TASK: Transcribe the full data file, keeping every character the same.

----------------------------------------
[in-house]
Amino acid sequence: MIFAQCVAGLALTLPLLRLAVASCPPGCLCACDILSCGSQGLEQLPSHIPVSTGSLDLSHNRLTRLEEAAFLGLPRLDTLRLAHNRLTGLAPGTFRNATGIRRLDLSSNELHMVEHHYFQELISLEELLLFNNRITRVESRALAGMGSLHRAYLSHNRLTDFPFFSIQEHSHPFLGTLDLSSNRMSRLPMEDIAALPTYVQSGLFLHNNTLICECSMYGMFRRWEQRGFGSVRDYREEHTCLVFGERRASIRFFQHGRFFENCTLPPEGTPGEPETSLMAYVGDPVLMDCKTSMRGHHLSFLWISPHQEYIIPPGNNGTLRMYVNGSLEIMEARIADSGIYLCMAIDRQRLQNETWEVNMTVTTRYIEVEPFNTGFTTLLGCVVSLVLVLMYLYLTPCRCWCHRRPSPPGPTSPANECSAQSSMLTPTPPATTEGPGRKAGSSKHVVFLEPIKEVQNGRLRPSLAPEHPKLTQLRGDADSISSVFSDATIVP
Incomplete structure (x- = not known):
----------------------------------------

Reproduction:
[in-house]
Amino acid sequence: MIFAQCVAGLALTLPLLRLAVASCPPGCLCACDILSCGSQGLEQLPSHIPVSTGSLDLSHNRLTRLEEAAFLGLPRLDTLRLAHNRLTGLAPGTFRNATGIRRLDLSSNELHMVEHHYFQELISLEELLLFNNRITRVESRALAGMGSLHRAYLSHNRLTDFPFFSIQEHSHPFLGTLDLSSNRMSRLPMEDIAALPTYVQSGLFLHNNTLICECSMYGMFRRWEQRGFGSVRDYREEHTCLVFGERRASIRFFQHGRFFENCTLPPEGTPGEPETSLMAYVGDPVLMDCKTSMRGHHLSFLWISPHQEYIIPPGNNGTLRMYVNGSLEIMEARIADSGIYLCMAIDRQRLQNETWEVNMTVTTRYIEVEPFNTGFTTLLGCVVSLVLVLMYLYLTPCRCWCHRRPSPPGPTSPANECSAQSSMLTPTPPATTEGPGRKAGSSKHVVFLEPIKEVQNGRLRPSLAPEHPKLTQLRGDADSISSVFSDATIVP
Incomplete structure (x- = not known):